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Extra resources for A Darkened House: Cholera in Nineteenth-Century Canada
The immediate stimulus to action was an appeal from the orphan asylum for funds to hire a house to accommodate the overflow from the 60 to 70 children jamming its building. The seminary and the Grey Nuns who normally supported the poor and housed the younger orphans were strained beyond capacity-at least 150 women had been widowed in the epidemic by the first week of July. The asylum was intended to help residents of Montreal. To meet the needs of immigrants the Montreal Ladies Benevolent Society was set up late in August.
Dr Van Iffland recorded his experiences, which suggest some of the difficulties hospital staff faced, especially early in the epidemic. For the first two weeks he worked without taking off his boots, and 'when he did, the flesh adhered to the sole leather/ Overwhelmed by the numbers of patients, van Iffland found it almost impossible to keep the staff at work. Many left after a day preferring to sacrifice their pay than to work in the hospital another hour. In Montreal conditions were always worse than in Quebec; it was late June before any adequate bedding was provided for the cholera hospitals and they remained under the supervision of part-time, non-resident, physicians.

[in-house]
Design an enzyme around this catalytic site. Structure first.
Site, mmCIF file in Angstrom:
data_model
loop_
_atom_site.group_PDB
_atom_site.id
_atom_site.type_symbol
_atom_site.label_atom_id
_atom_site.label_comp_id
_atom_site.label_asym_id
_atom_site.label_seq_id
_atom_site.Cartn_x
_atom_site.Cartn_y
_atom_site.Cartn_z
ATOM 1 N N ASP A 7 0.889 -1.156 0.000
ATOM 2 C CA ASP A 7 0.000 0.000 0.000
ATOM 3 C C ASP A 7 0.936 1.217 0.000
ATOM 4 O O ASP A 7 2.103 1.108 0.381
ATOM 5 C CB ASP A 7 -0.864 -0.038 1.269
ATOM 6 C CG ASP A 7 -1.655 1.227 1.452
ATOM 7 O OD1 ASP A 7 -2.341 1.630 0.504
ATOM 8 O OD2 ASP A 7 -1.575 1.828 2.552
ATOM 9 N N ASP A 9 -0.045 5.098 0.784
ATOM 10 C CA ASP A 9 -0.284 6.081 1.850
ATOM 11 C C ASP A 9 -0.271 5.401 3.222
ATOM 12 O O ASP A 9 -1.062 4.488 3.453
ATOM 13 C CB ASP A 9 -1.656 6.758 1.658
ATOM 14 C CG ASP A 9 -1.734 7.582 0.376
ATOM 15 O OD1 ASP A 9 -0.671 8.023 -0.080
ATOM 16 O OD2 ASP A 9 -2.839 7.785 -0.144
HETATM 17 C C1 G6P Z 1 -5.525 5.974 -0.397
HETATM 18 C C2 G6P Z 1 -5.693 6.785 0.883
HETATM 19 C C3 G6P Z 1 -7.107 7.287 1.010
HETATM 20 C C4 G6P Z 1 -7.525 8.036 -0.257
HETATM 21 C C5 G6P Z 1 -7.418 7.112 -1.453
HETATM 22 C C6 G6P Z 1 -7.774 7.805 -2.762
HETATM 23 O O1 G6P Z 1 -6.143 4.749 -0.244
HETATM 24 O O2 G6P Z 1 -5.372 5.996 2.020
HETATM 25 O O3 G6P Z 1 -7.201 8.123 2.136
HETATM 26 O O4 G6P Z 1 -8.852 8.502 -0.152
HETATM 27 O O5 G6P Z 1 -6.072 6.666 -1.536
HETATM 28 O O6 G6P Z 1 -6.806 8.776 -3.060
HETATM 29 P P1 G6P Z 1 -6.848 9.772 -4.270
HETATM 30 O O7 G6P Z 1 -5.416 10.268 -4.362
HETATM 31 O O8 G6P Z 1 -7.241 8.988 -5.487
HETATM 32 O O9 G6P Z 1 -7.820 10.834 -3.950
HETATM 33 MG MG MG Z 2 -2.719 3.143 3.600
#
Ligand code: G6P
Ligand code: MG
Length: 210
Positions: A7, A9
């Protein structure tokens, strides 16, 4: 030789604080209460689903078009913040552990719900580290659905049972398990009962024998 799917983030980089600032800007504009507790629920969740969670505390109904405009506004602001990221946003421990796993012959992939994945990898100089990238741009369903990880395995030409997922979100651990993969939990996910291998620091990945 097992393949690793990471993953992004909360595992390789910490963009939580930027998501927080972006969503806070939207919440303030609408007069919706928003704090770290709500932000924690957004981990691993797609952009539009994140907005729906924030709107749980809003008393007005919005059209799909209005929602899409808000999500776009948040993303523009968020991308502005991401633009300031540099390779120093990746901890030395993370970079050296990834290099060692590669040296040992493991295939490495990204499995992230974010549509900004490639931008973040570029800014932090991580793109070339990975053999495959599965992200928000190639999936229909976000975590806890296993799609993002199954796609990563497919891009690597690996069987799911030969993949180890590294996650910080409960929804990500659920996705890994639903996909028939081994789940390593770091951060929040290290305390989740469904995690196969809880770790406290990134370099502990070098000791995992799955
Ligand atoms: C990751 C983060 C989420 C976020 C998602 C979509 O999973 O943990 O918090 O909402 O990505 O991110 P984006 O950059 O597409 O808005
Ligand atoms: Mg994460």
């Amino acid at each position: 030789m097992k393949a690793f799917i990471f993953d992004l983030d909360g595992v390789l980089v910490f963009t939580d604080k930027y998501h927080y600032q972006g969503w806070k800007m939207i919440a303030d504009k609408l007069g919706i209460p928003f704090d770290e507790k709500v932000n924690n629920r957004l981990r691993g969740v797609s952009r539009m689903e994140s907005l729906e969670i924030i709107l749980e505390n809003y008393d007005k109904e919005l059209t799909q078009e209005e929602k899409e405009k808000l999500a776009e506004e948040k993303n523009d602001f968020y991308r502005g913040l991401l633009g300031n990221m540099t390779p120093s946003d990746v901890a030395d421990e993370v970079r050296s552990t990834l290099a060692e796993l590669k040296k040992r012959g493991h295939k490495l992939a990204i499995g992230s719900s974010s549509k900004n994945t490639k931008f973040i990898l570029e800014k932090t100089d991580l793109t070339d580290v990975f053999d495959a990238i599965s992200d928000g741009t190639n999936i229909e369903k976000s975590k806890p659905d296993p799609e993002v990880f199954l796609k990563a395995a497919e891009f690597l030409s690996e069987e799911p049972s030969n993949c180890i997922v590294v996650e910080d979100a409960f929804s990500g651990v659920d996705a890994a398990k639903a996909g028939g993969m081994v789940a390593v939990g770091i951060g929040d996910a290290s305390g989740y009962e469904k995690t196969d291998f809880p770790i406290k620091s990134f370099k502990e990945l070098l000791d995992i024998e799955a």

Certainly Ayres sounded like a regular physician when making up his statistics. He did not claim to have found an infallible cure but he did argue that his 'visit to this City is generally acknowledged to have dissipated panic and restored confidence/ He now asked for compensation for himself and his 'death daring assistant' for their work in Montreal and among the Indians. He got nothing. It would be hard not to credit Ayres with helping to dissipate some of the panic in Montreal. He was a man of mystery who seemed to have a remedy for a disease wrapped in mystery.